The writer would like to acquire a parts list for the
later 1A machines - and any early advertising literature.
Left-hand side of the Power-feed head on the very similar English-made "Elliot Mini Jig Borer". In this case the power feed was in both directions, unlike the pre-1964 Linley installation which worked on down-feed only.
Right-hand side of the Power-feed head on the Elliot Mini Jig Borer. The head was fitted with a very useful Direct-reading Micrometer Depth Gauge - its graduated square bar can seen passing through a boss on the side of the casting. It's method of operation was simple: to machine to a depth of 1.167 inches the cutting tool was set in contact with the work and the square bar moved until it was at any even line. The stop screw was then lowered until it made contact with the top of the bar - and locked. The dial was set at zero, its setting locked, and the bar lowered 11 divisions. The cut could now be made until the stop screw was met; this was then released and the remaining 0.067" fed in using the dial.
The saddle assembly, micrometer dials and rulers on the Elliott all differed in detail - even in comparison with the original Linley Mk. 1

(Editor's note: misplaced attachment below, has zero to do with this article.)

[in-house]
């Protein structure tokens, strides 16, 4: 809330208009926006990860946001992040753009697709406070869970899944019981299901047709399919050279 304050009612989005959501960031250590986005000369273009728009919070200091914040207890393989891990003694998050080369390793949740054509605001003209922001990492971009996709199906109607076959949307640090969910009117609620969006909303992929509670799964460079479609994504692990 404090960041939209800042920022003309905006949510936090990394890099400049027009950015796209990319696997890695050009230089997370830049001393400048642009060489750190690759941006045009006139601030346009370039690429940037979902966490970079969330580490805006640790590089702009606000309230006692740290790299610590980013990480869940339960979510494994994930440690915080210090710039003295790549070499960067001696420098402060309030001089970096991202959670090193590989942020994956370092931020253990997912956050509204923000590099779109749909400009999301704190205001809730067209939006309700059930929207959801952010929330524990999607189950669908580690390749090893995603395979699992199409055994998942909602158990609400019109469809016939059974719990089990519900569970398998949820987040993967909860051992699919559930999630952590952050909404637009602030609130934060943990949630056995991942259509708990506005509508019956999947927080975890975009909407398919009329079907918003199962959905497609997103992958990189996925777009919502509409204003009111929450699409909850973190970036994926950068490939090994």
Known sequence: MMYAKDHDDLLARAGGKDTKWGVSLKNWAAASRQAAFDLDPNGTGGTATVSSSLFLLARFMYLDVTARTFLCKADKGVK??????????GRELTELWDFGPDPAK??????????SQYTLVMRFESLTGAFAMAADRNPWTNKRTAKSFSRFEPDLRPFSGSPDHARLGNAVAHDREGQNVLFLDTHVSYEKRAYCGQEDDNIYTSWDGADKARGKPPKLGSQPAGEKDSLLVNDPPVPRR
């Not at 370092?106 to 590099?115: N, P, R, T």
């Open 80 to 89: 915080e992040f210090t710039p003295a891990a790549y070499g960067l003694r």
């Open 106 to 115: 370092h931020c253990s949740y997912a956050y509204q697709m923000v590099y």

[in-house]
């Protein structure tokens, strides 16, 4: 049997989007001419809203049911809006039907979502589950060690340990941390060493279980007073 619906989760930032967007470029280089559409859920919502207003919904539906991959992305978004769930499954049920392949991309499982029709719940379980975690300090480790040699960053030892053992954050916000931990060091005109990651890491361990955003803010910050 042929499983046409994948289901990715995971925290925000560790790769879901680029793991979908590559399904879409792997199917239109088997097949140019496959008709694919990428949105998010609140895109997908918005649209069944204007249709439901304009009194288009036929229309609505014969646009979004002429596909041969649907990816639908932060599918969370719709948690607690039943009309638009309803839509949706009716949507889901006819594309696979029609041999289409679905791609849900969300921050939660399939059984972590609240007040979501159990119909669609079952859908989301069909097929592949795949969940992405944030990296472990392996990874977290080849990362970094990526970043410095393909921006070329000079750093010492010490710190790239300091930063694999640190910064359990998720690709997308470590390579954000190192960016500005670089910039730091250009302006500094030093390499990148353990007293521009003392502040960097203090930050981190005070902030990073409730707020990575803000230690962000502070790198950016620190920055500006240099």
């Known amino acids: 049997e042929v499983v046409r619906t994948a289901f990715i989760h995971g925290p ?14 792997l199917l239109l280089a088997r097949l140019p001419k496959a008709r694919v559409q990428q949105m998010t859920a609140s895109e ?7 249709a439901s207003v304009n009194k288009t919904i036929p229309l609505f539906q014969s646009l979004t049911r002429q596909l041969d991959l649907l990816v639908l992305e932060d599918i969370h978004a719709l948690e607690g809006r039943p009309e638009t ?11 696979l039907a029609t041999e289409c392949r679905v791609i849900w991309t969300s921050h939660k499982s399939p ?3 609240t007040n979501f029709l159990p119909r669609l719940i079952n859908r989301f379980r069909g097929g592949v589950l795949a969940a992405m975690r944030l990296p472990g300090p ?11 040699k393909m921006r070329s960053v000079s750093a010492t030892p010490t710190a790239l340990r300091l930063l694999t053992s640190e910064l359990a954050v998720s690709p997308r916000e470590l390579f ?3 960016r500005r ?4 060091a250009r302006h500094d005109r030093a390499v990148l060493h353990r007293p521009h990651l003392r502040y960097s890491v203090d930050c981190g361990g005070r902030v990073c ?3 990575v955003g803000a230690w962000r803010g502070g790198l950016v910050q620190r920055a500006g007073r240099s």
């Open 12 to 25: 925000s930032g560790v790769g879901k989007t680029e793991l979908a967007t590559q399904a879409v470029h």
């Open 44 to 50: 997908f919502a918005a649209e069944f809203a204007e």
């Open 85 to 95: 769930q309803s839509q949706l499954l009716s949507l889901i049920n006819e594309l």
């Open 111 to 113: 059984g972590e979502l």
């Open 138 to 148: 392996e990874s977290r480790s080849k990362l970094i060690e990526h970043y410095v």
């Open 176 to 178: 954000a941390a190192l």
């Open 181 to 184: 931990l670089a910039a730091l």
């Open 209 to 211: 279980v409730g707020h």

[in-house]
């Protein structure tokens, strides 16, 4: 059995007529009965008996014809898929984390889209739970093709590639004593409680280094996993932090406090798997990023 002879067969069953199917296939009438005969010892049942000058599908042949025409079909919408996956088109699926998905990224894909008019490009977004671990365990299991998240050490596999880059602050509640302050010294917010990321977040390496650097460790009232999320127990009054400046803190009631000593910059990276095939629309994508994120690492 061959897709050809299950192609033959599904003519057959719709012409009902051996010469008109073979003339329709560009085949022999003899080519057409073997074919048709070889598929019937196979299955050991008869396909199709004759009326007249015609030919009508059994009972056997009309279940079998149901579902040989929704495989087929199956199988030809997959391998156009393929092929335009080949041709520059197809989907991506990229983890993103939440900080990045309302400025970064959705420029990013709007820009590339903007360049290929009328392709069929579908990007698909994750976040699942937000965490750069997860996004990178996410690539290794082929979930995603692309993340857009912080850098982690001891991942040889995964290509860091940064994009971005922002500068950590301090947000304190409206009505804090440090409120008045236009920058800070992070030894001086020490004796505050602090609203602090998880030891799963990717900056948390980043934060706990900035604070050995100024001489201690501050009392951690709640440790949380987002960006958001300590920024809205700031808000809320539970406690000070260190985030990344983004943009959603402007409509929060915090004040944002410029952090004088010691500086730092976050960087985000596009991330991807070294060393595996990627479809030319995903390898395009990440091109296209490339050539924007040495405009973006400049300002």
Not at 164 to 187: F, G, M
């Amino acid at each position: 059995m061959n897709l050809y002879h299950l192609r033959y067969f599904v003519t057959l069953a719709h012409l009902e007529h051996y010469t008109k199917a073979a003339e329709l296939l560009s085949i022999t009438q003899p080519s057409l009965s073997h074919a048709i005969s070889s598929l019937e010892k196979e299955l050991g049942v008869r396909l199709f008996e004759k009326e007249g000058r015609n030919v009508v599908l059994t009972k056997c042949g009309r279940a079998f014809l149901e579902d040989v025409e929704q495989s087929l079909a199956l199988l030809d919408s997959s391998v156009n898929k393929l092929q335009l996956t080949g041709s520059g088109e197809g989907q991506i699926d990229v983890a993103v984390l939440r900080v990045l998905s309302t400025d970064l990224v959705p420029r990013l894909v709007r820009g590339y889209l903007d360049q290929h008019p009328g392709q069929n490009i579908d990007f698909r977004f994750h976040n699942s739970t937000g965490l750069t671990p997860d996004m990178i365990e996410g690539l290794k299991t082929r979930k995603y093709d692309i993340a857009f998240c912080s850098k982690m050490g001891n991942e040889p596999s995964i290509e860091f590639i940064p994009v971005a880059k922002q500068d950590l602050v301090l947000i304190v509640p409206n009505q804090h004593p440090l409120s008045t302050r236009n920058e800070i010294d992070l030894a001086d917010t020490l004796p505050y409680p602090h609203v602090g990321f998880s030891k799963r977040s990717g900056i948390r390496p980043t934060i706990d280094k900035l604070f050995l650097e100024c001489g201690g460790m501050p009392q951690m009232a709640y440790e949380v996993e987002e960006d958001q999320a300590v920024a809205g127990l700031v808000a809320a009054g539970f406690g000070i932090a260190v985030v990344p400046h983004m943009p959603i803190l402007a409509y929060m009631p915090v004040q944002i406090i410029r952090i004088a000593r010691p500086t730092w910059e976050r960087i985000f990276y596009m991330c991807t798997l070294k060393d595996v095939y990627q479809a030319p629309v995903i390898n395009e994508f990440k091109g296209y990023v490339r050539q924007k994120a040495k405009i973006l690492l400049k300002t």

Because the machine was in three sections - base cabinet, knee section and main column - it was possible to introduce a distance piece between the two upper parts and so increase the spindle to table distance by around 4 inches.
The original table had narrow ways and a lock that acted directly on the gib strip, so moving the table slightly when it was tightened - not a situation that is welcome in the construction of a jig borer. The picture below shows how the makers tackled the problem with slightly wider ways and a modified lock which secured the table without moving it.
At some point during the production of the original machine, the table ways were made slightly wider and fitted with what the makers called a "flexible-blade, non-influencing type table lock" the function of which was to "prevent longitudinal movement whilst absorbing any lateral pressure from the lock screws." The table was also fitted with finely-engraved rulers.
An early Mk. 1 head without power down-feed.
Beautifully restored by David Harding in the USA, this late model Linley 1A has both the desirable variable-speed spindle drive and the massive power down-feed unit.
Inside the mechanical variable-speed drive unit showing the 1-inch wide transmission belt between the expanding and contracting pulleys.
Although missing its original belt guard and motor mount this very early Linley appears to be otherwise complete
A rebuilt Linley complete with that essential jig borer accessory a micrometer boring head - in this case adapted from a Bridgeport